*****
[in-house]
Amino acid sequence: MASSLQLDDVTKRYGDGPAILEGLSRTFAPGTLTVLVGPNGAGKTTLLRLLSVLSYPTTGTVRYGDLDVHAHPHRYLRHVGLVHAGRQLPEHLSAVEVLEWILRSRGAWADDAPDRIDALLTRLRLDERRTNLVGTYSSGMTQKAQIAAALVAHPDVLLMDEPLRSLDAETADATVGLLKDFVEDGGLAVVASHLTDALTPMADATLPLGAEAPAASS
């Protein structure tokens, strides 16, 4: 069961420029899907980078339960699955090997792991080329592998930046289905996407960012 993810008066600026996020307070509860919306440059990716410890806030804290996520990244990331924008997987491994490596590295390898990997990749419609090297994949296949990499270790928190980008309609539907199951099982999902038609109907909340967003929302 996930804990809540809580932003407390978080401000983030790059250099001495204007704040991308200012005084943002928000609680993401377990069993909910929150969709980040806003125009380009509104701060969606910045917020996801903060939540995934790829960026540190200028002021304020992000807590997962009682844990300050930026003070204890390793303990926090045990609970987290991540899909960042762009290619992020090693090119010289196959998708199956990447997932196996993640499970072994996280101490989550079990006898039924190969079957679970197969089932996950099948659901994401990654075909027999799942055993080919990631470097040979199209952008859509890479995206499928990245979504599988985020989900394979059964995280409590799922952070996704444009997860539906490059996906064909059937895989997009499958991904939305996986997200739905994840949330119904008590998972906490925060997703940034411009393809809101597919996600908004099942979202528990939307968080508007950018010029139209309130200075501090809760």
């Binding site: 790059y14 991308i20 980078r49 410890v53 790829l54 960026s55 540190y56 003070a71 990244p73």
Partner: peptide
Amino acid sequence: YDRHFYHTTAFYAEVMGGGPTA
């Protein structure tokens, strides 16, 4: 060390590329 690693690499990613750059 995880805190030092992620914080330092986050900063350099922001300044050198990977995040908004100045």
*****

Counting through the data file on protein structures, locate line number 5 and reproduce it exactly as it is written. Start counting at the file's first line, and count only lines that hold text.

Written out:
Partner: peptide